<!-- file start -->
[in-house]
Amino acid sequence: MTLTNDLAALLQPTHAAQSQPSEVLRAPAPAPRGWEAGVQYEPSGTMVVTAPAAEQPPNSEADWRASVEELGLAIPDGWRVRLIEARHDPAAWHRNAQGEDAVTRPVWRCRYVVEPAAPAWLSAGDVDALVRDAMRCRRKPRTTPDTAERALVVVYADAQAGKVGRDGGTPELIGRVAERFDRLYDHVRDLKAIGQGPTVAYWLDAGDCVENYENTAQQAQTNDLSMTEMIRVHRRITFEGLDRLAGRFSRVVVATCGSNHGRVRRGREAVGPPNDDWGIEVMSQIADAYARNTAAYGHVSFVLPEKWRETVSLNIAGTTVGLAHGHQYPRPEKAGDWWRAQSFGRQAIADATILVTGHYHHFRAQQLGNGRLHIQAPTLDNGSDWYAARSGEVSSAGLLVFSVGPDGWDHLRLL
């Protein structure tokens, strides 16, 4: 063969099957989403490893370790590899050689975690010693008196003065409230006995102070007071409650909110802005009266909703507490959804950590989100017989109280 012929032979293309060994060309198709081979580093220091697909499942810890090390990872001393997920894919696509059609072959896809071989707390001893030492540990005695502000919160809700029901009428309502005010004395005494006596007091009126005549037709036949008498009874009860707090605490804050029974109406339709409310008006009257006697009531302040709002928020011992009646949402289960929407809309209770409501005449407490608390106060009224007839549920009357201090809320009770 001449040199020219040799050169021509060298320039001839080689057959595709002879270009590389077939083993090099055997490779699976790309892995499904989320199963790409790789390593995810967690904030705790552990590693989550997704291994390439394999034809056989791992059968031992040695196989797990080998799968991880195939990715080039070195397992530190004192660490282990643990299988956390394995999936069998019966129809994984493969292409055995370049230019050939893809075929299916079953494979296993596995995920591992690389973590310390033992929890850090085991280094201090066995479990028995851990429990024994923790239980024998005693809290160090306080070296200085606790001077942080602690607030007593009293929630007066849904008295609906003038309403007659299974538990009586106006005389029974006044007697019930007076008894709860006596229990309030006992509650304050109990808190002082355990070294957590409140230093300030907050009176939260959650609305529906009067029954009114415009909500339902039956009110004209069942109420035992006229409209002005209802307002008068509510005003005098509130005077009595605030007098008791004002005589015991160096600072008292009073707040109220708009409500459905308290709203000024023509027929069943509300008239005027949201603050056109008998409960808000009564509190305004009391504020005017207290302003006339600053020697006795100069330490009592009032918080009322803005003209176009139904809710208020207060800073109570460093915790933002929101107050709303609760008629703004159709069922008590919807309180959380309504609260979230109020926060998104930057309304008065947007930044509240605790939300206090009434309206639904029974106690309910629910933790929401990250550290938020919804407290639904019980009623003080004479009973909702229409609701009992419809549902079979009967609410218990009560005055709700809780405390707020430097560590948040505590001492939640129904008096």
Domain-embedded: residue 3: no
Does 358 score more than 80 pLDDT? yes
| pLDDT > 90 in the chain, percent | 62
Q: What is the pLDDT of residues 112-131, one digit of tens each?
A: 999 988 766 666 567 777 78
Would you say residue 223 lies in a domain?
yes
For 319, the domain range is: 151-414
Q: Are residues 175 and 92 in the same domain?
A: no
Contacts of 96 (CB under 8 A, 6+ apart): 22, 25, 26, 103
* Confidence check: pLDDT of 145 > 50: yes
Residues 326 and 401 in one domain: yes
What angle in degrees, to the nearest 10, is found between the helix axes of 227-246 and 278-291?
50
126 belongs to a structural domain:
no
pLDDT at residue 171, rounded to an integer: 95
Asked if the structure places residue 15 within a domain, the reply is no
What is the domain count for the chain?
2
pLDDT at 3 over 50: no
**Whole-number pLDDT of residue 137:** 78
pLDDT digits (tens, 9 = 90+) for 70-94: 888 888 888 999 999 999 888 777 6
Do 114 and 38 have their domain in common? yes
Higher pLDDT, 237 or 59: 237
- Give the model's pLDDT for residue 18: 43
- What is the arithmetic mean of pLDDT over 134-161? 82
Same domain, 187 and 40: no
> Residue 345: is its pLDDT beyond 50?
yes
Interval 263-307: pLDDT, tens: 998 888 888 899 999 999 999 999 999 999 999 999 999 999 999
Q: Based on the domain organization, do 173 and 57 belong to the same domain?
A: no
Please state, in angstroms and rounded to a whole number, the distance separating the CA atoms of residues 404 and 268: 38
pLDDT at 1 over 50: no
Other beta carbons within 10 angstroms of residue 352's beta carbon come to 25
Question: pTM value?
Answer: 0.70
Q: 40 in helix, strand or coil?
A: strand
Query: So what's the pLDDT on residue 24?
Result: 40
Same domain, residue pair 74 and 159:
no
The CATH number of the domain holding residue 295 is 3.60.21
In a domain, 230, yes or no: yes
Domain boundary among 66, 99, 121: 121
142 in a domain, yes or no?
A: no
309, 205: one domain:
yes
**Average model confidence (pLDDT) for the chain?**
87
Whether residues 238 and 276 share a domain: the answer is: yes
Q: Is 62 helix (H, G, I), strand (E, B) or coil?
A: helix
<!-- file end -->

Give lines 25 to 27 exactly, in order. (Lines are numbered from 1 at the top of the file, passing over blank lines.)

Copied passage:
pLDDT at 3 over 50: no
**Whole-number pLDDT of residue 137:** 78
pLDDT digits (tens, 9 = 90+) for 70-94: 888 888 888 999 999 999 888 777 6